'And in Edinburgh of all places. I mean, you never think of that sort of thing happening in Edinburgh, do you...?' 'That sort of thing' is the brutal abduction and murder of two young girls. And now a third is missing, presumably gone to the same sad end. Detective Sergeant John Rebus, smoking and drinking too much, his own young daughter spirited away south by his disenchanted wife, is one of many policemen hunting the killer. And then the messages begin to arrive: knotted string and matchstick crosses - taunting Rebus with pieces of a puzzle only he can solve.
©2008 Ian Rankin (P)2011 Orion Publishing Limited
Narrative makes the world go round.
I've stayed away form Rankin previously because of his reputation for dark tales. While this was certainly not cozy, neither was it gruesome. Interesting character, narrative and atmosphere - almost in a league with PD James. If the other Rebus audiobooks are this engrossing, I'll soon use up my remaining annual credits - and between Rankin and McCall Smith, I'm developing an obsession to visit Edinburgh.
The narration was excellent, and looking ahead, I'm disappointed that Macpherson is not narrating the rest of the series.
This is my first Ian Rankin book, and I enjoyed it enough to immediately buy his next one after I finished it. The story is original and interesting, and the narrator is excellent! He manages to tell the story with a fine Scottish accent that fits the setting of the story very well, and at the same time be clear enough to be easily understandable to me as a non-native English speaker.
"New to Rebus"
I've heard a lot about this Rebus character but never read any of Rankins' books. This is a good introduction and really fleshes out the character and plot. Good interpretation by Macpherson and quality recording. Shall now download book 2!
"My first Rebus - and definitely not my last!"
Yes. James MacPherson's excellent narration really brought it to life, and I became really immersed in the story.
Rebus of course! I felt sorry for him, the hard-bitten cop with a messy divorce and haunted by the demons of his past. I was rooting for him all the way through the story.
The part where Michael (his brother) hynotises him and he regresses to his army days - I don't want to say too much and spoil it for people who don't know the story. I listened to that chapter twice!
Yes - I was saddened by the scene with Gordon, I didn't want that to happen. I thought it was an awful moral issue.
Thoroughly enjoyed this and am looking forward to listening to more in the Rebus series. Also liked listening to James MacPherson's voice - I would buy other audio-books read by him.
Not for a while. Excellent start to know Rebus.
Getting to know Rebus' background
Enjoy all Ian Rankin books and particularly Rebus
"An enjoyable read"
This is my first Ian Rankin and Rebus novel and I really enjoyed it. It is a good punchy novel that moves along at a good pace while still doing a good job of developing and introducing characters.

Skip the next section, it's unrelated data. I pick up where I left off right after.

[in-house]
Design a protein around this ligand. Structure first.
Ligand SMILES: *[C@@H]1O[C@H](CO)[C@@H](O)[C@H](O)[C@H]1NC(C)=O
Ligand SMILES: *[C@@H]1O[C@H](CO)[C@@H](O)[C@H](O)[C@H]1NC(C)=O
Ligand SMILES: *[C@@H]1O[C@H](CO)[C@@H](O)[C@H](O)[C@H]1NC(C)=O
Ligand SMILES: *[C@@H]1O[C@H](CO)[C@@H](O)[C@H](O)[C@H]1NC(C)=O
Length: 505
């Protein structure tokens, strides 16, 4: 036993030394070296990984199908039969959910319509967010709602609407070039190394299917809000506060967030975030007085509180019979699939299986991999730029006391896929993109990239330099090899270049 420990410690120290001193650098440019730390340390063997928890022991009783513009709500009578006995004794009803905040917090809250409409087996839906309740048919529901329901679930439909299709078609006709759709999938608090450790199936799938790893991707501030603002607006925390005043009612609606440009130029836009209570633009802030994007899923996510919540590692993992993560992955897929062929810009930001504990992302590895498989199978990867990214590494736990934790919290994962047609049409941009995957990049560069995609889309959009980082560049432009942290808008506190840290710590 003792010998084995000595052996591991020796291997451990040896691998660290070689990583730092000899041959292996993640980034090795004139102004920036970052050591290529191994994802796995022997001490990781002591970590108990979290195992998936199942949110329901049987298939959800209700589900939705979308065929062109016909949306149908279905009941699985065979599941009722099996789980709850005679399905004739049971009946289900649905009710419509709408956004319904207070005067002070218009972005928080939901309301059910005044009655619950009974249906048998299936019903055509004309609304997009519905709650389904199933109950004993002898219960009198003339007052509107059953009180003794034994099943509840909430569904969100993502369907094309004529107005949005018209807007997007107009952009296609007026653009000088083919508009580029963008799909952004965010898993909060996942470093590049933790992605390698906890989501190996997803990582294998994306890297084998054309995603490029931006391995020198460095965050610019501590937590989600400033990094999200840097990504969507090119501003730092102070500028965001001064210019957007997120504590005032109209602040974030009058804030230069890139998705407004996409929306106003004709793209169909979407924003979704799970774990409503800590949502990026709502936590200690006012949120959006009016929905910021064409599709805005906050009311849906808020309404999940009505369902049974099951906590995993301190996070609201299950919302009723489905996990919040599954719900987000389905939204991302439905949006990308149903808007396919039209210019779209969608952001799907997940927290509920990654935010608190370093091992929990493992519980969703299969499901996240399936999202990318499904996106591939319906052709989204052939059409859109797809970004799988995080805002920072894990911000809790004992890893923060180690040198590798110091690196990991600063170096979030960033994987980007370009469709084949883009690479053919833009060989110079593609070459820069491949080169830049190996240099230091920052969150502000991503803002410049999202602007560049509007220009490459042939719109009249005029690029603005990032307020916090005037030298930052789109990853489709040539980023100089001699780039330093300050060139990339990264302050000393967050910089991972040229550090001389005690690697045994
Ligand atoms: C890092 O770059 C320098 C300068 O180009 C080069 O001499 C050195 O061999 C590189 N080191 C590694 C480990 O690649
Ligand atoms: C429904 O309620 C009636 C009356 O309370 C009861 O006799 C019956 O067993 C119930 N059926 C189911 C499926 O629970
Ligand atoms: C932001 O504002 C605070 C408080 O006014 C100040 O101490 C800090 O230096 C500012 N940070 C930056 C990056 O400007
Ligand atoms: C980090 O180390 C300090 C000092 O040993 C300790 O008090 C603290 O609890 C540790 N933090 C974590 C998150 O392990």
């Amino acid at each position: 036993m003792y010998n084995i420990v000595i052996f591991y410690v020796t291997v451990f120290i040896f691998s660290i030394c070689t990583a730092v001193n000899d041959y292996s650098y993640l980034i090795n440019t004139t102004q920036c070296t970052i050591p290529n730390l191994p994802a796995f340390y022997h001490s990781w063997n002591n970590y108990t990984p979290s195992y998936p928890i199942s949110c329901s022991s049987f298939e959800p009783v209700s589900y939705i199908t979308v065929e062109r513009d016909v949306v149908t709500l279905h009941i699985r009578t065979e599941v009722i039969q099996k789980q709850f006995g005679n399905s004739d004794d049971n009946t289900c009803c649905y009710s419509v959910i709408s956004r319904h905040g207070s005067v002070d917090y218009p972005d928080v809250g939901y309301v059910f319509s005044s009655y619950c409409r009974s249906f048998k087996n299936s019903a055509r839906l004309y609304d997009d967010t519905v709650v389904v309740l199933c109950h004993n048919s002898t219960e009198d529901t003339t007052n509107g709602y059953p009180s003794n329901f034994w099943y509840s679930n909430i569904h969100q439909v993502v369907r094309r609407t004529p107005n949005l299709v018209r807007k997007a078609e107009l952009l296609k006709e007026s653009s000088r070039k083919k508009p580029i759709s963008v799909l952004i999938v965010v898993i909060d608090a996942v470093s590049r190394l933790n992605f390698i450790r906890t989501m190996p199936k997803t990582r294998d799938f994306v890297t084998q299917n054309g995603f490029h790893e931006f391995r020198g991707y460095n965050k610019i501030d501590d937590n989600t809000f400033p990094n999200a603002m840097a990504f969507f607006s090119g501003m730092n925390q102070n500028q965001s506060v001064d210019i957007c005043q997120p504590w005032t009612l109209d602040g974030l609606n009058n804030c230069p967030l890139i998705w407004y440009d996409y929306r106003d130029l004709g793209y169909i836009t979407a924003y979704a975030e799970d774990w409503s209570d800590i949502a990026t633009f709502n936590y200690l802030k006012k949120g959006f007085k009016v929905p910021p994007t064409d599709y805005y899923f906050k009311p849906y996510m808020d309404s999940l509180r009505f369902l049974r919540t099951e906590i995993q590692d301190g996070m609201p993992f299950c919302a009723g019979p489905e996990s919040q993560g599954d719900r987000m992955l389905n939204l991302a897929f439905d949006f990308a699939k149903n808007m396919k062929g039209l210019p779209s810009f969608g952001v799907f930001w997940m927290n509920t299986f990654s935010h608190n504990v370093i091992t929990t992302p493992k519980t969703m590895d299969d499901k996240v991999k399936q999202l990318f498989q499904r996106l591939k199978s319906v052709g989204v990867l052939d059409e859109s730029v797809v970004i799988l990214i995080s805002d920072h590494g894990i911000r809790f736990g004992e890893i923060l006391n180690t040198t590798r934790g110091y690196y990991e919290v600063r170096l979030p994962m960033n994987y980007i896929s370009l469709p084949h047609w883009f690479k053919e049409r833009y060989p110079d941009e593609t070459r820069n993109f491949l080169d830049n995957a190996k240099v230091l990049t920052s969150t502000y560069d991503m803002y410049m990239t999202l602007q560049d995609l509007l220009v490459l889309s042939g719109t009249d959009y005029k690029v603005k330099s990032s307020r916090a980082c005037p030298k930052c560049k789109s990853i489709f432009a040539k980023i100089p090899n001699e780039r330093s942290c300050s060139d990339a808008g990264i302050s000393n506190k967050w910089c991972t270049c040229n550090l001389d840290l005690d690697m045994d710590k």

The reading was excellent and it was a joy to listen to the Scottish accent. I have read a lot of US and Australian crime novels and this was a pleasant change, I look forward to following on with this series.
"Simple storyline, low on surprises. Easy listening"
Yes. I've already bought 4 of these; hopefully the series will become more intriguing and Rebus less a bumbling drunkard. Hopeful...
Not too convincing.
"not very convincing but an easy listen nonetheless"
Many short cuts taken without too much concern for small inconsistencies. Quite a few clichés: the tough-as-nails journalist, the dour Scottish police detective, the beautiful female colleague who falls for him. Much of the emphasis is on the main character's demons, to the extent that the story line almost becomes incidental to the character's psychological portrait. A real feeling of being in Edinburgh. A perfect narrator with a very pleasant Scottish accent.
"The first 4 covered !!!"
Having seen an interview with Ian Rankin I decided I'd start from scratch and listen to the whole series. I really enjoyed this book and James Macpherson narrates this and the second book really well. The character is introduced really well and Edinburgh invocatively described. Thoroughly enjoyed
"Good introduction to Rebus"
With a character driven piece, the key to the Audio book is the narrator, and this one left me really looking forward to more. Very invocative of Edinburgh, and generally an involving and interesting read. Thoroughly enjoyed
"Alright, but guess they improve"
Not read the print
Maybe, depends what they are after. I was recommended the Rebus books, so am giving them a good go, but so far they fall flat.
Rebus of course.
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